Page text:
“Aeschylus’ tragedy represents the most elemental aspects of our human condition: all human flourishing comes with a cost.”
It is a sweet thing to draw out
a long, long life in cheerful hopes,
and feed the spirit in the bright
benignity of happiness:
but I shiver when I see you
wasted with ten thousand pains,
all because you did not tremble
at the name of Zeus…
— Aeschylus’ Prometheus Bound
bove all else, the human mind seeks meaning. We live our day-to-day lives by generating meaning. Out of what William James calls “the blooming, buzzing confusion” of reality, we generate some kind of order, structure, and harmony as we go about our daily activities. We get dressed; we cook breakfast; we drive our cars. Even when we tie our shoes, we are creating a precise and meaningful relationship between laces and shoes. We don’t randomly wander about like zombies, nor are we programed like robots; we participate in the world around us in meaningful ways.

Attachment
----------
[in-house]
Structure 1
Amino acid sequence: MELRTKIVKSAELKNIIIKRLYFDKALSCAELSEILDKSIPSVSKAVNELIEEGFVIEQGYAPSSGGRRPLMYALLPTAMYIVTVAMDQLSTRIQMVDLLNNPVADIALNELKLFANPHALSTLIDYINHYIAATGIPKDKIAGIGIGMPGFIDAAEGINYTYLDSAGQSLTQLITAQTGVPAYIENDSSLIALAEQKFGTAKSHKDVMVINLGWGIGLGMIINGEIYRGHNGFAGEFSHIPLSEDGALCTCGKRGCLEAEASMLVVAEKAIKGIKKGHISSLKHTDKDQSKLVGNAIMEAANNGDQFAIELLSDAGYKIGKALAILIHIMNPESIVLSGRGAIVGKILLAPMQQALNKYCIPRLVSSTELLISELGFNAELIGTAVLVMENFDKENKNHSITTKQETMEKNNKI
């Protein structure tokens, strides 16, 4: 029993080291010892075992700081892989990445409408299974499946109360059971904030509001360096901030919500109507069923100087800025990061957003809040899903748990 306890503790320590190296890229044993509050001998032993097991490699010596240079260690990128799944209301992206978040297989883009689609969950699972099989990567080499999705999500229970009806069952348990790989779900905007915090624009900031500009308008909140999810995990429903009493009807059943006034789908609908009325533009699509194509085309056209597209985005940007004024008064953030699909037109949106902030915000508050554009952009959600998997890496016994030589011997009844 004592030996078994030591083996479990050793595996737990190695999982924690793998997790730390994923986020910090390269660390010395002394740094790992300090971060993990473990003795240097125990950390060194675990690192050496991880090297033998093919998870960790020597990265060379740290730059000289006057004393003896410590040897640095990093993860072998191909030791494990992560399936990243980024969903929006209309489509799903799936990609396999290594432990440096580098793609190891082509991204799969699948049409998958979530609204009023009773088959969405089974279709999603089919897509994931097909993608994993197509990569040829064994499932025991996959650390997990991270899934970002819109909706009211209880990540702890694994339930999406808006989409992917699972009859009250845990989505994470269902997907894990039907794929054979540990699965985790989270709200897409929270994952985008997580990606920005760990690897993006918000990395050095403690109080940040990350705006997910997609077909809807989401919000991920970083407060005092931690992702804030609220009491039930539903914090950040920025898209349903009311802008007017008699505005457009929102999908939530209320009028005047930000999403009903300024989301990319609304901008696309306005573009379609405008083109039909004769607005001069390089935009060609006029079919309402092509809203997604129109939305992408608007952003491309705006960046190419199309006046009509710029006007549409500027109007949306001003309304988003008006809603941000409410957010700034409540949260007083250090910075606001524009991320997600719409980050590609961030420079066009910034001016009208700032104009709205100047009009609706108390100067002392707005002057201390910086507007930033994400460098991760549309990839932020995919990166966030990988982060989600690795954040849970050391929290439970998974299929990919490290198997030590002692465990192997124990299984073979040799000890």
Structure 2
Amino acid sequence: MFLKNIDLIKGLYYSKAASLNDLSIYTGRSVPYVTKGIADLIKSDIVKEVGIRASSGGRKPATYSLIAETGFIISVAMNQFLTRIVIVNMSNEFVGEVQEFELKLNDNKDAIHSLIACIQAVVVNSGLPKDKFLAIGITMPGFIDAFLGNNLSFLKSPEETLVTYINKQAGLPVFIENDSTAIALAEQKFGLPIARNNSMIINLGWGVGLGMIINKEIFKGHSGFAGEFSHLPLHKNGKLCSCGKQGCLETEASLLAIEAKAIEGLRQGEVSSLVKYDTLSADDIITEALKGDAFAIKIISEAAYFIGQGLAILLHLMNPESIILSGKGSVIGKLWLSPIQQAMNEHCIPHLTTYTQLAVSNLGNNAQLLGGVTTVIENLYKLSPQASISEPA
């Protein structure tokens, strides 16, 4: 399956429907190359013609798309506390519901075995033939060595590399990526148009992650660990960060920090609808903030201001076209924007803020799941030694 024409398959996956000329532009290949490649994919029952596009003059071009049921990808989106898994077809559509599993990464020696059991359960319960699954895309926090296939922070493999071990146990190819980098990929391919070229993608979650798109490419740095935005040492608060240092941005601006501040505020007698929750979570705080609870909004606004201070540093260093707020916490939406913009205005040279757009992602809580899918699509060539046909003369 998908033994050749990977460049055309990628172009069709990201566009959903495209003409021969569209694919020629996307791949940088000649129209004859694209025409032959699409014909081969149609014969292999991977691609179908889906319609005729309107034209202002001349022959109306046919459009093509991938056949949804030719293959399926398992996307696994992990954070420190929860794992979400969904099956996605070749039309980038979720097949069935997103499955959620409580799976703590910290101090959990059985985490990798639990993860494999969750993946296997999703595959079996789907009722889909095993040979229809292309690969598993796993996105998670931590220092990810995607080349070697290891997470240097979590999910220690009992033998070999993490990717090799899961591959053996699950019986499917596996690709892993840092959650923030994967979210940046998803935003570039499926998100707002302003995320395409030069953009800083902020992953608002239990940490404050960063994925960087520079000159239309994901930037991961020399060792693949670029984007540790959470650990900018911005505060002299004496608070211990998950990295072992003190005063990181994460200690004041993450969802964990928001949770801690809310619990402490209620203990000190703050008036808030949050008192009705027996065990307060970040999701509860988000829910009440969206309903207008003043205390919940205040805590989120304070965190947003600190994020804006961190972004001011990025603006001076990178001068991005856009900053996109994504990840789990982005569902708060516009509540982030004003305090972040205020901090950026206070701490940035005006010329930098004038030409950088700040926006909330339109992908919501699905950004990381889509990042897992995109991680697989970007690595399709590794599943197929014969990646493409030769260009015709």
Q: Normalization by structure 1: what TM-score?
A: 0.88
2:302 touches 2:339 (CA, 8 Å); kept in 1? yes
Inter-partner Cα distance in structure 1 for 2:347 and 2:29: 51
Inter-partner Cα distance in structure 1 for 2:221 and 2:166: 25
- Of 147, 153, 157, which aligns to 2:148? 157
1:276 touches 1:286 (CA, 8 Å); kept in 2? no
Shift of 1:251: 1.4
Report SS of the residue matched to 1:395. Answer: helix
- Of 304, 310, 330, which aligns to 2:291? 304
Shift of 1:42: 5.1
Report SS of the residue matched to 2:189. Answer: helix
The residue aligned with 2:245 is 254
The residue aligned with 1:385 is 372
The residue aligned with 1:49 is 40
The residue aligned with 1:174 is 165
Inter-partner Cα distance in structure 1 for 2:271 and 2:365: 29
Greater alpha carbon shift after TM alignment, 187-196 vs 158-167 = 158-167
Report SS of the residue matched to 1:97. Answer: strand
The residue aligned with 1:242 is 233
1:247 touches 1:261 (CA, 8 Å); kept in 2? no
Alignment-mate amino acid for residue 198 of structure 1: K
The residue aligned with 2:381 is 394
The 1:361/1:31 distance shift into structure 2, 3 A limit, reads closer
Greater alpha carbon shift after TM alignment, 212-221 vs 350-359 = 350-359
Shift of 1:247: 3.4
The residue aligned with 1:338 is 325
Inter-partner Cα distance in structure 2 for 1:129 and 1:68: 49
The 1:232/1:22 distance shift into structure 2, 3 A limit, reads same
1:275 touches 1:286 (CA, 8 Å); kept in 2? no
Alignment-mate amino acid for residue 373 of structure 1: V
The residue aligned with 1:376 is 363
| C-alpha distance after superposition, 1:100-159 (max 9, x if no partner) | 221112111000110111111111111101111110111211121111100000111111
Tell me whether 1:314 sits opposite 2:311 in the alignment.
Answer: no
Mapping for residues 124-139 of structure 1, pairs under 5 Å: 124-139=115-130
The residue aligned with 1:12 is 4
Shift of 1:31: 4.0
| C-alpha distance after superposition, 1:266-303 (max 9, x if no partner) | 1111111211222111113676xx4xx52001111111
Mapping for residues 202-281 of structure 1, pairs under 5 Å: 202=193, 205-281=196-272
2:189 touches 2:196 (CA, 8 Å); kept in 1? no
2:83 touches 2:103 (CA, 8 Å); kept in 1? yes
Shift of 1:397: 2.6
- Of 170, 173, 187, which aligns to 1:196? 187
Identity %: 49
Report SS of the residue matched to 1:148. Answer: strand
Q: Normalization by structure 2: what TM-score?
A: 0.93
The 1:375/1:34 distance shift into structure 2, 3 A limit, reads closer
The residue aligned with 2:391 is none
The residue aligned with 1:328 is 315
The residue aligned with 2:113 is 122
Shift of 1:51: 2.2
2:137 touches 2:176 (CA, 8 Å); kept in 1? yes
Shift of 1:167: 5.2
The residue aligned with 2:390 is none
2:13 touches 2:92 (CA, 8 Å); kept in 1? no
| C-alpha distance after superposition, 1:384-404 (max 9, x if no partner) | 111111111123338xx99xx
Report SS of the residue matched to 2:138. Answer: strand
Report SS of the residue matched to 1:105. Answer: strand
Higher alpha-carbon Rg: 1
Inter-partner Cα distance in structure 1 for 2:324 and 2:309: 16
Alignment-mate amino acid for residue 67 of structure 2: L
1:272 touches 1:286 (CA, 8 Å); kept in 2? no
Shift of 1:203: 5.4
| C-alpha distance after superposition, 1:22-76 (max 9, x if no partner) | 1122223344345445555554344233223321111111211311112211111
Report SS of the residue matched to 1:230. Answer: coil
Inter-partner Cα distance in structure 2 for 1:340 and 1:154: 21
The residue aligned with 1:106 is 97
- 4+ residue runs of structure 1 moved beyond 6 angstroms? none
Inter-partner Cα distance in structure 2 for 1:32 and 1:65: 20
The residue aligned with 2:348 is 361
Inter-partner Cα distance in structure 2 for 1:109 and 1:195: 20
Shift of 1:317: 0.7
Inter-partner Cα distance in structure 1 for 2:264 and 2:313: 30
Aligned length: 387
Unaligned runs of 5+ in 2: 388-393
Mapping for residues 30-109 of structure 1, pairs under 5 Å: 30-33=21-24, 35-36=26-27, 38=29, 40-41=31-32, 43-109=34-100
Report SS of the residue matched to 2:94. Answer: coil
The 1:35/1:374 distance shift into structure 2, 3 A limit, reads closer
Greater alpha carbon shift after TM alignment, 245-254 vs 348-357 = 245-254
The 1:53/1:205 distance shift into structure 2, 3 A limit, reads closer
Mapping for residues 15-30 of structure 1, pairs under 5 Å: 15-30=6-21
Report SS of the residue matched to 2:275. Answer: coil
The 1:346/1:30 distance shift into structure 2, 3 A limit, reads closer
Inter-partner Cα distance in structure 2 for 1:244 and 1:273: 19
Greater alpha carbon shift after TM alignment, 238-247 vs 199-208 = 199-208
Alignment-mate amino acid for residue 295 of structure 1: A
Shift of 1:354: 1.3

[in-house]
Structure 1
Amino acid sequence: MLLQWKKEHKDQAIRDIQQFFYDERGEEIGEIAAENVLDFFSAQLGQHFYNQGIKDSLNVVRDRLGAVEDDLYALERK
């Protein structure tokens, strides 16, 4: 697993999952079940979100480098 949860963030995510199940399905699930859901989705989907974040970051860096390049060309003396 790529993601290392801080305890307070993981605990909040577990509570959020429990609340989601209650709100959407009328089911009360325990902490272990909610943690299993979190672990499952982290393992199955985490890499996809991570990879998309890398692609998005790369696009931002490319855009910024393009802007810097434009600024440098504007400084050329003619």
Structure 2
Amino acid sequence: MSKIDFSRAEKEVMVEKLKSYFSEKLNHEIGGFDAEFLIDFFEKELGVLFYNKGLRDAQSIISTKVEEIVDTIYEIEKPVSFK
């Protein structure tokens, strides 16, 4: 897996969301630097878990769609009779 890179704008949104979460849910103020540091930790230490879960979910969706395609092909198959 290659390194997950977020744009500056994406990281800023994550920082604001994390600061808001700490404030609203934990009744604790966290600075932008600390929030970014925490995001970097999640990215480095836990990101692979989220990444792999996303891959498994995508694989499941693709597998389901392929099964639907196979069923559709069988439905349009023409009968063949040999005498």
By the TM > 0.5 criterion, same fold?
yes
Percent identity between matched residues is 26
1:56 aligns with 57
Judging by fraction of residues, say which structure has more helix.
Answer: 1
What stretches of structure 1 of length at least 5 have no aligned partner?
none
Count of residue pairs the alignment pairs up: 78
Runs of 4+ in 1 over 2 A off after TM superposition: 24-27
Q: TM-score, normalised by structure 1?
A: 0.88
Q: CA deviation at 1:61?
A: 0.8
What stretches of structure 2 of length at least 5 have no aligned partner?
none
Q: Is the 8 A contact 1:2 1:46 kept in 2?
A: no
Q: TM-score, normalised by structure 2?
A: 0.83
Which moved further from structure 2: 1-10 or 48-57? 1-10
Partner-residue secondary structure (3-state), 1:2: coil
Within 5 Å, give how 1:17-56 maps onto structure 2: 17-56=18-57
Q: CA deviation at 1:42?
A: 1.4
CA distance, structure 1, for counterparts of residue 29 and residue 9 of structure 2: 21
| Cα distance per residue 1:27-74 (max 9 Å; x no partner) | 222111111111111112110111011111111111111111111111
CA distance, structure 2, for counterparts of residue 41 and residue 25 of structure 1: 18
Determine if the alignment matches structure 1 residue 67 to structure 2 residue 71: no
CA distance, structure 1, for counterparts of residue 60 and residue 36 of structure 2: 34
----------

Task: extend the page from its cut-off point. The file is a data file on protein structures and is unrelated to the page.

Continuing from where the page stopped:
We, human beings, are enveloped by forces, which can either kill us or sustain us. All of our technologies, conventions, and institutions have arisen over time as means of transforming suffering and conflict. Enveloped by a modern world dedicated to comfort and convenience, we tend to forget that all the human arts (how we produce food, how we clothe and shelter ourselves etc.) evolved as meaningful forms in response to suffering and conflict. Generating meaning is how we adapt to the world around us.